Wembley, always a disputed property
The FA’s failure to sell Wembley brought a profusion of relief and satisfaction. Yet, in purely historical terms, you wonder whether such jubilation was justified.
It seems largely to be forgotten that it has belonged to the FA only in comparatively recent years. It was initially owned by Arthur Elvin, who had a mere tobacconist’s kiosk at the Great Exhibition at Wembley in the early 1920s.
The stadium made its initial mark on football history with the FA Cup Final of 1923, between Bolton Wanderers and West Ham United. Enormous crowds besieged the stadium and thus began the legend of the policeman on the white
horse who helped to control and discipline, so far as possible, the surging crowds. The game, arguably, should never have begun, but perhaps a fear of consequent rioting saw that it did, with the fans pressing close to the touchline. One player remarked afterwards that the best pass he received in the game came from a spectator.
Far from being the property of the FA it was for decades not only under independent ownership but under a dominant force.
I remember taking Ted Croker for lunch when he became secretary of the FA and hearing him lament the juxtaposition of Wembley and the FA, who were obliged to use Wembley for almost every England international match. He implied that he was going to change all that, but in the event he didn’t – or he couldn’t.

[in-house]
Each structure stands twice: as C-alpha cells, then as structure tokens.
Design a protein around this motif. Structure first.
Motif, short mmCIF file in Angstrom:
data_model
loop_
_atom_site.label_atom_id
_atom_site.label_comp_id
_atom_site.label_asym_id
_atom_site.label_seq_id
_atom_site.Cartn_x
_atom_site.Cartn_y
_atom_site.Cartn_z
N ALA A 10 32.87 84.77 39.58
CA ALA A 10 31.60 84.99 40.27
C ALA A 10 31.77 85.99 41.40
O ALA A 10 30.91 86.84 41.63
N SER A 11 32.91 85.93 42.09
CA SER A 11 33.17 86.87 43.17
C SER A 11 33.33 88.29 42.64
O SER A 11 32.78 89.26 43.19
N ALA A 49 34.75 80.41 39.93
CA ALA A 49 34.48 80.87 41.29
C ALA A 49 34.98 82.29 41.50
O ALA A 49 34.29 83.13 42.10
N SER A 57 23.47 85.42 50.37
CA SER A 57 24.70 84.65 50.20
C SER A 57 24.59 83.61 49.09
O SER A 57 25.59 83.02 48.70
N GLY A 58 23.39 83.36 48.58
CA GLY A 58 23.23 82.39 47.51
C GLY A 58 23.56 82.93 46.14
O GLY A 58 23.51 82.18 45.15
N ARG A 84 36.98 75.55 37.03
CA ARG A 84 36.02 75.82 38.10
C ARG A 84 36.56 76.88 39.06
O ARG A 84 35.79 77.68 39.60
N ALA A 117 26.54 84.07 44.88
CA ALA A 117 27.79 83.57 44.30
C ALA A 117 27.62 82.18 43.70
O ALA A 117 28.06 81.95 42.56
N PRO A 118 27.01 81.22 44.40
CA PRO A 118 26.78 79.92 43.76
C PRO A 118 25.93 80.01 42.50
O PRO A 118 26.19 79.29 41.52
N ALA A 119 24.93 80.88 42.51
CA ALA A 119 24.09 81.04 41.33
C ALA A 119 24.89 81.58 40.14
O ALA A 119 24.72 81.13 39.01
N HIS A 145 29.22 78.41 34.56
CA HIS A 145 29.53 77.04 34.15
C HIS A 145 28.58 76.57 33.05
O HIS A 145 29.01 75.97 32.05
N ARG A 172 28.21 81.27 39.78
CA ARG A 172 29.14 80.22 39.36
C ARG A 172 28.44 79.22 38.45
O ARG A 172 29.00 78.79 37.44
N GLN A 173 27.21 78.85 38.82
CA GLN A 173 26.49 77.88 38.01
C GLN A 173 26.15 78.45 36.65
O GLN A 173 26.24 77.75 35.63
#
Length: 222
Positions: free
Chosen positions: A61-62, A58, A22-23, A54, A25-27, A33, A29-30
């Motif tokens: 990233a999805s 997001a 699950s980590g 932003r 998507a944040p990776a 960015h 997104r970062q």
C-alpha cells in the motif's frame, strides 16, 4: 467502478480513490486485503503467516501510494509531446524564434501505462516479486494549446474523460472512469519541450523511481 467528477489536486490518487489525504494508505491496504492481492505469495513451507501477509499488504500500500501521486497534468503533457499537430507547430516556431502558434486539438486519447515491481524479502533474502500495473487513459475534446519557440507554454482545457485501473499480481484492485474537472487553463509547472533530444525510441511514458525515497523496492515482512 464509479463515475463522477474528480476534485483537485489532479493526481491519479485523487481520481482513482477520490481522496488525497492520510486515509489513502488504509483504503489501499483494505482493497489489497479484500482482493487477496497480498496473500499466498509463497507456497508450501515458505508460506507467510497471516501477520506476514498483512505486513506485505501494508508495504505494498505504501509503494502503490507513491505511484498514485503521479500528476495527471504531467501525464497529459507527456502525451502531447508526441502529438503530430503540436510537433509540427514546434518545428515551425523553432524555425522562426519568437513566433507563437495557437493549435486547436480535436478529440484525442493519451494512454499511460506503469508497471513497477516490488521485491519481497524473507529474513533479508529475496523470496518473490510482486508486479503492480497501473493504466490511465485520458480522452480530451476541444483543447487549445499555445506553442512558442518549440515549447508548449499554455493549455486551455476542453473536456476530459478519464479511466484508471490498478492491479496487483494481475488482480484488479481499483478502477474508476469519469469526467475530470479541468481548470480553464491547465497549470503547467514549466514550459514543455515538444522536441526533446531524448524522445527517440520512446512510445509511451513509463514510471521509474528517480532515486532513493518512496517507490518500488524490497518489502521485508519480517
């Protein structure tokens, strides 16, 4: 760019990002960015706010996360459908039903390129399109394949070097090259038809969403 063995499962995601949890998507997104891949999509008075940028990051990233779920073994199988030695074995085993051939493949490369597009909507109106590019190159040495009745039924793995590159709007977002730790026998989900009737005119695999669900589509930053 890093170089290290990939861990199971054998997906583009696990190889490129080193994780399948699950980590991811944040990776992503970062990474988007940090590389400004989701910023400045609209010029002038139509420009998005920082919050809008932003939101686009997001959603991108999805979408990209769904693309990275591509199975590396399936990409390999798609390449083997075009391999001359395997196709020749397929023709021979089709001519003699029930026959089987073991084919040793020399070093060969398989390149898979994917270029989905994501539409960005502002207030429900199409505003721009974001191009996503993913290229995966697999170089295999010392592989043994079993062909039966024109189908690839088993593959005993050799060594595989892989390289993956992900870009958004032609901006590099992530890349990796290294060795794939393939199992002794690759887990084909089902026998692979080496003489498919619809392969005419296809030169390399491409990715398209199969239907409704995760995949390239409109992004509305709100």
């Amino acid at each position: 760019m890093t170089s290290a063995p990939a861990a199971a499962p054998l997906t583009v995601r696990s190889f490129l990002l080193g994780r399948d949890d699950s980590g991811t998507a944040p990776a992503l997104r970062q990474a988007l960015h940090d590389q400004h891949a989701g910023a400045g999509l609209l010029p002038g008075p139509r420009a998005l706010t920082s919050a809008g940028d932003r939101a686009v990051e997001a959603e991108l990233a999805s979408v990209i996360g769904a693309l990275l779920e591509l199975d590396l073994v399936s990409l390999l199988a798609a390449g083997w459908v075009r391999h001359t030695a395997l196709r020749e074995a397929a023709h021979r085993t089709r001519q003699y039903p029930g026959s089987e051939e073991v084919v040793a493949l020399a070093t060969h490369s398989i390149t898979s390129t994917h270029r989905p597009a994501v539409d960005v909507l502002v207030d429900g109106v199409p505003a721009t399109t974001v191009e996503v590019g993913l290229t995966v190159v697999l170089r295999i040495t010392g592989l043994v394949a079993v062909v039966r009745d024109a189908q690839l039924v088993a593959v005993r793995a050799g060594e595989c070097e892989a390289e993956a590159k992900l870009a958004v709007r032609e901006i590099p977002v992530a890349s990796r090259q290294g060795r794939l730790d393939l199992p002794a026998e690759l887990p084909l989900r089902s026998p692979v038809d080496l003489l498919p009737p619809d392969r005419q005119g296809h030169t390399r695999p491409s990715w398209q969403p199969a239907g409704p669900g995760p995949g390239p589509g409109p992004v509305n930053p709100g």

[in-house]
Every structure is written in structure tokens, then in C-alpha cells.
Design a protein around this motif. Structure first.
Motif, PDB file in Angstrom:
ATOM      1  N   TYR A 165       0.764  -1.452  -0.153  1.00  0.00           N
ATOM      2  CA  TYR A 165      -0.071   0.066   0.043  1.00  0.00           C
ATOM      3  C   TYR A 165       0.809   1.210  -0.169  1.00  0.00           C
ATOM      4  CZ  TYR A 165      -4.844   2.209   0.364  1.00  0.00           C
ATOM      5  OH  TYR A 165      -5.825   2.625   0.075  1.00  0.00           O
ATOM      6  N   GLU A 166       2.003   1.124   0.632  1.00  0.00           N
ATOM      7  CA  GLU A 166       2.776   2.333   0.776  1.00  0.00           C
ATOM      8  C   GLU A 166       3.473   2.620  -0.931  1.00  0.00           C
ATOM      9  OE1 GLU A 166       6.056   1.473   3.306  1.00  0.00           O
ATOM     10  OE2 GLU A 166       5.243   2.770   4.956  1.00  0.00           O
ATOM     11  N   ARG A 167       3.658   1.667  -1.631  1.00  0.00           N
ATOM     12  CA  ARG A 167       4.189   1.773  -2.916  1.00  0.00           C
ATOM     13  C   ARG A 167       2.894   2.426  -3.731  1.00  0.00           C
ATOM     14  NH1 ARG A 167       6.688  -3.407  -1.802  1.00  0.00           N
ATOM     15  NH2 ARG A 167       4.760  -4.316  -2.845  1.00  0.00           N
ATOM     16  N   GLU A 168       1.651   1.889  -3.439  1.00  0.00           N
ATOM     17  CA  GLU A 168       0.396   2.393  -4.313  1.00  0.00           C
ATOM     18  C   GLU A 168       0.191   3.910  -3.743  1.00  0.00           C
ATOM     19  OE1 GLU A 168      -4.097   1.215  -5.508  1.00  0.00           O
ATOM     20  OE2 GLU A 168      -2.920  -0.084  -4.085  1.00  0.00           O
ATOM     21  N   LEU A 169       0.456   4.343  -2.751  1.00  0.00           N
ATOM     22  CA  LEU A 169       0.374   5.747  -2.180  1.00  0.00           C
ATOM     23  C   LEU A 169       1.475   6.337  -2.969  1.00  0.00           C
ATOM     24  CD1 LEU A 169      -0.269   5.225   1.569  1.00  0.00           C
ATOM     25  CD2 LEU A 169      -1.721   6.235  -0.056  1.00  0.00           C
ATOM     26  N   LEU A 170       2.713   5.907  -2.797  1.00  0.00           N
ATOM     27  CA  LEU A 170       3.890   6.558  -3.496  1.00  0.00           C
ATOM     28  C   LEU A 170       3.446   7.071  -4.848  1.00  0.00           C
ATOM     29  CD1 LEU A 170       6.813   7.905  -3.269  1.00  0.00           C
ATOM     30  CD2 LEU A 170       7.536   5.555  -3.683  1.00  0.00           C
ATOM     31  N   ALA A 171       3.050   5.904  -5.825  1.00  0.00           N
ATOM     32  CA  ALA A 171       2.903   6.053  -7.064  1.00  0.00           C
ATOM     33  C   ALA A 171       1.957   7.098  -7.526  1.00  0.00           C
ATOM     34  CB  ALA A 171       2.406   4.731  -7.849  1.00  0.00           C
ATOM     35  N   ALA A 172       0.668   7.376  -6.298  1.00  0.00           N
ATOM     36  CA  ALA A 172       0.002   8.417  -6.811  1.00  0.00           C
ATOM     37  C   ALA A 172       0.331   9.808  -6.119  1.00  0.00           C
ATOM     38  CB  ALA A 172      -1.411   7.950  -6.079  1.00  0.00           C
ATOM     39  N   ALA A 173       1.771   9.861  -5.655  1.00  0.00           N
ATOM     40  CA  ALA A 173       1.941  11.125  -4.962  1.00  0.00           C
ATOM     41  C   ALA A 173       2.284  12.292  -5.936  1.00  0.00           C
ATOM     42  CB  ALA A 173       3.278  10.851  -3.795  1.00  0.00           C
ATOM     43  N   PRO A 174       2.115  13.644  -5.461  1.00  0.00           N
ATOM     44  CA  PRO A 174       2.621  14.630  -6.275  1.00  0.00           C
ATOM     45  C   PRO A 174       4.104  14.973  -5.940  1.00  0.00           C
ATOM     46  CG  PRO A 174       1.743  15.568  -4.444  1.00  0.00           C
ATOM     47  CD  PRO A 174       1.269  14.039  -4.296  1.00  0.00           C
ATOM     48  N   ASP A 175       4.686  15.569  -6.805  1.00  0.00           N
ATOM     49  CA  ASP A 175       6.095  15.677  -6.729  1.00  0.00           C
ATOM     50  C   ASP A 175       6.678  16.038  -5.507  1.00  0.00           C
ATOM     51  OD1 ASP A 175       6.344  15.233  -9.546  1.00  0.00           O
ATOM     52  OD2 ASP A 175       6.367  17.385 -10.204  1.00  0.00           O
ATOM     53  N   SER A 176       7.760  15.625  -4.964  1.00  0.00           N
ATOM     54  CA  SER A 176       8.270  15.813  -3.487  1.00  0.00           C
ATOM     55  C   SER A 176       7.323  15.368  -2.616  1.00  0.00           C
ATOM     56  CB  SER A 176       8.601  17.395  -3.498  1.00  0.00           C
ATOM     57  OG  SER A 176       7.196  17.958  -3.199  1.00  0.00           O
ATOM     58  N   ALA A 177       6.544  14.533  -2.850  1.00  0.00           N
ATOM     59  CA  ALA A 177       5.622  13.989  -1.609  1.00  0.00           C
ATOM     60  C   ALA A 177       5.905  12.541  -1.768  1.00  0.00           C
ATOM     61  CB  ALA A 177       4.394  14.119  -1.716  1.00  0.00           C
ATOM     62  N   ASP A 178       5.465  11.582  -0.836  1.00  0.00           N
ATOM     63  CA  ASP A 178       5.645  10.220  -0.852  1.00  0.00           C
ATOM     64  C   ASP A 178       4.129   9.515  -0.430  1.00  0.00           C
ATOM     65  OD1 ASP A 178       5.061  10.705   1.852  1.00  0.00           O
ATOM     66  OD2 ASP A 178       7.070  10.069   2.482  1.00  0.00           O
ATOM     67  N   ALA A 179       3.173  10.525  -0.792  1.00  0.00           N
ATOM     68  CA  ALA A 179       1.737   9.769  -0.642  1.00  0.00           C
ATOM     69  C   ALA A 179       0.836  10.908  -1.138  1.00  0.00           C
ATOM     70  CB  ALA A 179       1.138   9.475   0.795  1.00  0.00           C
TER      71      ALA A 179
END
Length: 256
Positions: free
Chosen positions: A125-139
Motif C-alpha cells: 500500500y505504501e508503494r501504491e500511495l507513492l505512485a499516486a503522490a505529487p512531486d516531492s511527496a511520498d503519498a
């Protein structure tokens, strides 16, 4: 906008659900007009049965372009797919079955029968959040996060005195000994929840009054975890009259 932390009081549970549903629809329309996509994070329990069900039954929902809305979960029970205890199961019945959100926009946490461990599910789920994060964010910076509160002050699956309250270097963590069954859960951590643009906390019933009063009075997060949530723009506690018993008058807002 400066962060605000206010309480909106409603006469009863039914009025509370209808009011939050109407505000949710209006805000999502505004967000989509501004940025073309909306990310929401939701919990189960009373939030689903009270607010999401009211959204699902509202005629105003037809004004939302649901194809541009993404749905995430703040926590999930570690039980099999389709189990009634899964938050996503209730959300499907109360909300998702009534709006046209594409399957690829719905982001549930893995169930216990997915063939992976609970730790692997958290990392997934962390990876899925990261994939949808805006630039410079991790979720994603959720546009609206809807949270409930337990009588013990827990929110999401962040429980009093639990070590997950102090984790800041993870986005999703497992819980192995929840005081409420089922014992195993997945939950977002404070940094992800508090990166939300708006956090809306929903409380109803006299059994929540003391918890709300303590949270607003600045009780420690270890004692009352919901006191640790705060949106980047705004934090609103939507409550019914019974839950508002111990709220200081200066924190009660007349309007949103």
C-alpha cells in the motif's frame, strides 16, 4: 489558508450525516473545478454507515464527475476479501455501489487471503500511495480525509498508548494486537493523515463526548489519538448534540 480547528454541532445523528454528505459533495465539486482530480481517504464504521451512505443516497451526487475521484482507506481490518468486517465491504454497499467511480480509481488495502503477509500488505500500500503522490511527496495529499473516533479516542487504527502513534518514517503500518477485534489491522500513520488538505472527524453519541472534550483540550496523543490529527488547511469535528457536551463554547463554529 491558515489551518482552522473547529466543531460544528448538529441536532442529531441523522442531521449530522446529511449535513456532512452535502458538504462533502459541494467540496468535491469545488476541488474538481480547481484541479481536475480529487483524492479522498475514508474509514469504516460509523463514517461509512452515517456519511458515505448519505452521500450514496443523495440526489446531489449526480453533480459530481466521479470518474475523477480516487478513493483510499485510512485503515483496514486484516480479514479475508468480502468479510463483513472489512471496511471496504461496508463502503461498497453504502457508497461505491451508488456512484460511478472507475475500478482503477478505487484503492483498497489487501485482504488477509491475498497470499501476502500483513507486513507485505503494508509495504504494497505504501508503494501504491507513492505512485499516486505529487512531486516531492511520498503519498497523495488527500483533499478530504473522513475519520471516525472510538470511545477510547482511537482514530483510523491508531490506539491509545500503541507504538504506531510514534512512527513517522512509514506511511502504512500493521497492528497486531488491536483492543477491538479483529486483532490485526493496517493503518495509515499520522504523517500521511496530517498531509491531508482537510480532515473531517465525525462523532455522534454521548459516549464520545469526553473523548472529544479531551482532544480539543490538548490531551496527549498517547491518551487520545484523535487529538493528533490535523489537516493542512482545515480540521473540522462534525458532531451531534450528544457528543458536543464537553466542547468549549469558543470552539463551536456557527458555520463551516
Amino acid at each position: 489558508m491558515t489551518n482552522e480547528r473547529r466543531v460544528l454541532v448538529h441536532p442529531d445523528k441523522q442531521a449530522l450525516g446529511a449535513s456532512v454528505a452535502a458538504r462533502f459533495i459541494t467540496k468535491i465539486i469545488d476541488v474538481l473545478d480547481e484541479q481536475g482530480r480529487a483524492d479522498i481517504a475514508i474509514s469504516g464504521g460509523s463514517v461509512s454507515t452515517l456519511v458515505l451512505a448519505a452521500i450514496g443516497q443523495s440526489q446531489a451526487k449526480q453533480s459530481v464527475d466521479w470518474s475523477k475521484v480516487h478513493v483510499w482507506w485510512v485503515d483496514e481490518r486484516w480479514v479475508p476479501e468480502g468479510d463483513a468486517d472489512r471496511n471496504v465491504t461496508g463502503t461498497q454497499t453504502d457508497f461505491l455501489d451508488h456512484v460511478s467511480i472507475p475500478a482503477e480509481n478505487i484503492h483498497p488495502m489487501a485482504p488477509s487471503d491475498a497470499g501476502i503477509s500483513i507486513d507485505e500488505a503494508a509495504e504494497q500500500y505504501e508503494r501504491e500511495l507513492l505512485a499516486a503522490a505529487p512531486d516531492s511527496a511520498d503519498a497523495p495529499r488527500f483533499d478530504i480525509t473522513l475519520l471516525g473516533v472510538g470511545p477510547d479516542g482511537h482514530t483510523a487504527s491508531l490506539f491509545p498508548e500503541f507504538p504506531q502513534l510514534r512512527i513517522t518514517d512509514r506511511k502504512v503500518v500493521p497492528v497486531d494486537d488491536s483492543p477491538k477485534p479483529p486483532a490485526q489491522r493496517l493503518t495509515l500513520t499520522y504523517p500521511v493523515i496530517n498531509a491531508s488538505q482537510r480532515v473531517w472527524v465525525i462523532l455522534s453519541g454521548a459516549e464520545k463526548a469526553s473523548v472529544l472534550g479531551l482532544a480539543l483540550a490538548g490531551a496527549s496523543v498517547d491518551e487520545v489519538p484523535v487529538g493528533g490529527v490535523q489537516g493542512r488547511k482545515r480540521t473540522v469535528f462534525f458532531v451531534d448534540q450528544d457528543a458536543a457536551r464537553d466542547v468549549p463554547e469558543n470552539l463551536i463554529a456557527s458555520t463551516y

Eventually Wembley’s owners allowed it to fall into dismal dereliction and when the FA bought it they spent a vast fortune in rebuilding it.
Abroad, it came to be known as the “Temple of Football”, a nomenclature given extreme emphasis when in 1966 England won the World Cup, playing every one of its games at Wembley.
There was controversy over this, with even Stanley Rous, the FIFA president, opining that the game should have been played at Liverpool. But closer examination of the rule book showed that Wembley was the proper choice.
Wembley certainly has a magic appeal for fans. How well I remember seeing supporters of a provincial club involved in the Cup Final leaning against the window of the tube train to marvel as the twin towers came into sight.
Today it might be argued that Wembley is overused by football; not least in its staging of both FA Cup semi-finals which, of course, used to take place on the same day at two different venues.
One player remarked afterwards that the best pass he received in the game came from a spectator
White Horse Final... Wembley in 1923